Crystal Chemistry help? Watch

thenextchemist
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Hi,

I'm learning about the different structures (ccp based and hcp based).
How do I know whether a molecule is ccp or hcp - what do I have to know in order to find this?

And also, e.g. the NaCl crystal structure
Na+ and Cl- ions have coordination numbers of 6 and therefore octahedral geometries.
And with CaF2, the coordination numbers are 8 and 4, and so have tetrahedral and cubic coordination.
How do I work the coordination numbers out and therefore, the geometry because all the crystal systems are different?
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MexicanKeith
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(Original post by Bloom77)
Hi,

I'm learning about the different structures (ccp based and hcp based).
How do I know whether a molecule is ccp or hcp - what do I have to know in order to find this?

And also, e.g. the NaCl crystal structure
Na+ and Cl- ions have coordination numbers of 6 and therefore octahedral geometries.
And with CaF2, the coordination numbers are 8 and 4, and so have tetrahedral and cubic coordination.
How do I work the coordination numbers out and therefore, the geometry because all the crystal systems are different?
In general you can't simply 'work out' the crystal structure.
With experience you can make educated guesses and if you study chemistry to degree level then you quickly memorise the structures of numerous solids that come up regularly.

Having said that, you can come up with some sensible predictors, for example radius ratio rules can be useful for highly ionic systems (ie they work reasonably for group 1 halides). And certain structure are favoured by more polarisable ions because they enable directional bonding (eg CdCl2 and CdI2 structures occur regularly when a polarising cation is combined with a polarisable anion).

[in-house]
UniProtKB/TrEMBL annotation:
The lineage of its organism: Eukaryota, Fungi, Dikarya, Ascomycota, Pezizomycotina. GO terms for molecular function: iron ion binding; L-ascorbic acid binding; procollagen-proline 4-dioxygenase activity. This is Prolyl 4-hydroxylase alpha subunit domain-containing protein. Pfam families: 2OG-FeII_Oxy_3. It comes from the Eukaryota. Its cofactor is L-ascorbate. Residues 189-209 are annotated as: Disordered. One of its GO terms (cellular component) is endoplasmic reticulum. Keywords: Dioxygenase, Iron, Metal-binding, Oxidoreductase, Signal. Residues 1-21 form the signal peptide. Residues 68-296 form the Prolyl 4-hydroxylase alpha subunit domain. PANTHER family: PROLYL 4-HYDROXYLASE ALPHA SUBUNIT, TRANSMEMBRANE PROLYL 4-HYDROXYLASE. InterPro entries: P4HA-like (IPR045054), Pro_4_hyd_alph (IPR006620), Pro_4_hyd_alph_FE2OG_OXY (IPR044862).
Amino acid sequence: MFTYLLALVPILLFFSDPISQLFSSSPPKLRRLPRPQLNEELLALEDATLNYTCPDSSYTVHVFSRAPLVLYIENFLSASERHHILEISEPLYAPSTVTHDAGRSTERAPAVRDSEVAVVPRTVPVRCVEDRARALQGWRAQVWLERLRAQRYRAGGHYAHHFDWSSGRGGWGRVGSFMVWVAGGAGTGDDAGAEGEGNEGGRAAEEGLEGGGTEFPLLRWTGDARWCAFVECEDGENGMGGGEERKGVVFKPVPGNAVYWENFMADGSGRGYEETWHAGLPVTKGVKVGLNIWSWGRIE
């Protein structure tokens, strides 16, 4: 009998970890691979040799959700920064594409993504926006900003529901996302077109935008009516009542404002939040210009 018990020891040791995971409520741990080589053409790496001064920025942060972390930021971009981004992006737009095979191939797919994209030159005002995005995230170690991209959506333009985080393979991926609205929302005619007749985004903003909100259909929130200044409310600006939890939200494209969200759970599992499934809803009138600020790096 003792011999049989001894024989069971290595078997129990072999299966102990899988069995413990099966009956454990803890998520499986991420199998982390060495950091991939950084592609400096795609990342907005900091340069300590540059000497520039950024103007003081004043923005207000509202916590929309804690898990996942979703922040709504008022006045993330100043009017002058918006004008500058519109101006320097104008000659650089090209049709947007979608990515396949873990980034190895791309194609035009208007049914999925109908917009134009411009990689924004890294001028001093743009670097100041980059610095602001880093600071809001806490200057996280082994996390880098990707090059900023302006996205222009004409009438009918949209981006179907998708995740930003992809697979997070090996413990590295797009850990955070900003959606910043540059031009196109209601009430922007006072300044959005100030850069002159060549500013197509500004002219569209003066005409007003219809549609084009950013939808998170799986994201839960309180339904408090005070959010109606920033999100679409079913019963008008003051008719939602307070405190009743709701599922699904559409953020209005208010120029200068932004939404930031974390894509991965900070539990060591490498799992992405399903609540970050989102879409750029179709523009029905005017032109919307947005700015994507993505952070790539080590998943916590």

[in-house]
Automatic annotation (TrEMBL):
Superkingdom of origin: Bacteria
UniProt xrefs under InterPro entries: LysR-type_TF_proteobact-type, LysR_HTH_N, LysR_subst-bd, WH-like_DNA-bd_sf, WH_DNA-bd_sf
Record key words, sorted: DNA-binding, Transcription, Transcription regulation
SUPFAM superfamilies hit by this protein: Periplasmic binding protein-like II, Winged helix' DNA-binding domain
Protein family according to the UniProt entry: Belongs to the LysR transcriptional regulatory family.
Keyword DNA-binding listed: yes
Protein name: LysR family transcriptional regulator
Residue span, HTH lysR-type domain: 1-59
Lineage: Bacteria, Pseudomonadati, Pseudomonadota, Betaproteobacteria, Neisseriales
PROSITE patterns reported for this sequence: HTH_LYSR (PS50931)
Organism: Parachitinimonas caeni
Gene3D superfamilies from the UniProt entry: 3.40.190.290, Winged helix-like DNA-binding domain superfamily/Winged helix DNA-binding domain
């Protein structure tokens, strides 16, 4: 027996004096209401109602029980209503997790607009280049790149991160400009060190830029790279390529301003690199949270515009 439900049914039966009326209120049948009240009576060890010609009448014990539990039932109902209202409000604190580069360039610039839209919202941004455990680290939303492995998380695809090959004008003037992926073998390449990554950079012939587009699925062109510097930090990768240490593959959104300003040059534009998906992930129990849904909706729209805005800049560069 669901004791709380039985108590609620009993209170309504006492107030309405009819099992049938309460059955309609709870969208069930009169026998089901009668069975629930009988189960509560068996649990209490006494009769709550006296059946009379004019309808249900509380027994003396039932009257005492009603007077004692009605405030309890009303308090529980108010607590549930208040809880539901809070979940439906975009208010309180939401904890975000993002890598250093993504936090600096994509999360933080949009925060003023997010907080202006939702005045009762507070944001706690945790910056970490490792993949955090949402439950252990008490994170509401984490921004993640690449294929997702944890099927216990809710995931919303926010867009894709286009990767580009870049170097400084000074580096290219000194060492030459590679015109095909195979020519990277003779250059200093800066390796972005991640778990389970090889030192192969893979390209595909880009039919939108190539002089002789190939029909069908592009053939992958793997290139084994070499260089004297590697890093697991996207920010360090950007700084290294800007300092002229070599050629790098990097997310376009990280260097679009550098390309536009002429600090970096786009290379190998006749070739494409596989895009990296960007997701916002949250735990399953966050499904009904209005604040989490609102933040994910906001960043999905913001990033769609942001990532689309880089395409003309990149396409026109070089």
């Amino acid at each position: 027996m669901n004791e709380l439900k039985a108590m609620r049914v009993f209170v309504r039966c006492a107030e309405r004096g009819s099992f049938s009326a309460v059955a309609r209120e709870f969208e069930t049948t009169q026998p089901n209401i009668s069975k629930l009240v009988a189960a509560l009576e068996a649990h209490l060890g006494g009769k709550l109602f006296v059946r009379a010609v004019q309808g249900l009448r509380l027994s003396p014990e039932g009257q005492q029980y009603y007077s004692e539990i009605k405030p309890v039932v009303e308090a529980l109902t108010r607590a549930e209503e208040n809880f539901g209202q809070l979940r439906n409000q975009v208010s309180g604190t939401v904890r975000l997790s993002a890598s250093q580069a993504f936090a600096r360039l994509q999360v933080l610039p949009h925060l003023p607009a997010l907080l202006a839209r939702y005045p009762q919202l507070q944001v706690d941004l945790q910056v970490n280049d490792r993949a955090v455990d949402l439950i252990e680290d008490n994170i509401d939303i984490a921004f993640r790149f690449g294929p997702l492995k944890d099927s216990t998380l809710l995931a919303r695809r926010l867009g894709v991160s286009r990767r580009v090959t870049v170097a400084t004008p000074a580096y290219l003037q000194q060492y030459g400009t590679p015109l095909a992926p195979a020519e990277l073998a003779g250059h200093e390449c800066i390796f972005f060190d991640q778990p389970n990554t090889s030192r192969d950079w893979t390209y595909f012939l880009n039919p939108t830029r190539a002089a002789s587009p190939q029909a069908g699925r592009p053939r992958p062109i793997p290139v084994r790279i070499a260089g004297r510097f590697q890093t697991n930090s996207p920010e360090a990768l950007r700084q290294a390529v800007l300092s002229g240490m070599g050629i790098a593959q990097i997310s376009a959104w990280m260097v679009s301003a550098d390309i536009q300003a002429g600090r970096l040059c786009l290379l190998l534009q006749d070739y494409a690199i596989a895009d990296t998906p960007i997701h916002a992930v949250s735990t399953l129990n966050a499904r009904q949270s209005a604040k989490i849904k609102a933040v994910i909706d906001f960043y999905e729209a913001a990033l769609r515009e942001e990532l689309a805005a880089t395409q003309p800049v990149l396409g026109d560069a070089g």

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thenextchemist
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(Original post by MexicanKeith)
In general you can't simply 'work out' the crystal structure.
With experience you can make educated guesses and if you study chemistry to degree level then you quickly memorise the structures of numerous solids that come up regularly.

Having said that, you can come up with some sensible predictors, for example radius ratio rules can be useful for highly ionic systems (ie they work reasonably for group 1 halides). And certain structure are favoured by more polarisable ions because they enable directional bonding (eg CdCl2 and CdI2 structures occur regularly when a polarising cation is combined with a polarisable anion).
Thank you!

I understand the maximum radius ratio for octahedral coordination in cp systems is 0.414.
So, if I were to work out the radius ratio for a given molecule, and it were lower than 0.414, it is going to be an octahedral coordination in cp systems?

P.S. new to this topic
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MexicanKeith
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(Original post by Bloom77)
Thank you!

I understand the maximum radius ratio for octahedral coordination in cp systems is 0.414.
So, if I were to work out the radius ratio for a given molecule, and it were lower than 0.414, it is going to be an octahedral coordination in cp systems?

P.S. new to this topic
Sorry forgot to mention in my first reply, don't use the word molecule when you don't mean molecule!

So, for a 1:1 close packed system you can work out using simple trigonometry the limits in which cubic, octahedral, tetrahedral etc. geometry are possible.
so if you have similar size ions, then many ions can fit round one another.

Hence cation-anion ratio of more 0.732 can give a hint of cubic geometry.

lower ratios lead to lower coordination numbers, because the smaller cation cannot easily be cubically coordinated.

below the 0.414 ratio you mention you go from octahedral geometry (like in NaCl) to tetrahedral geometry (ie Wurtzite or Sphalerite structures)
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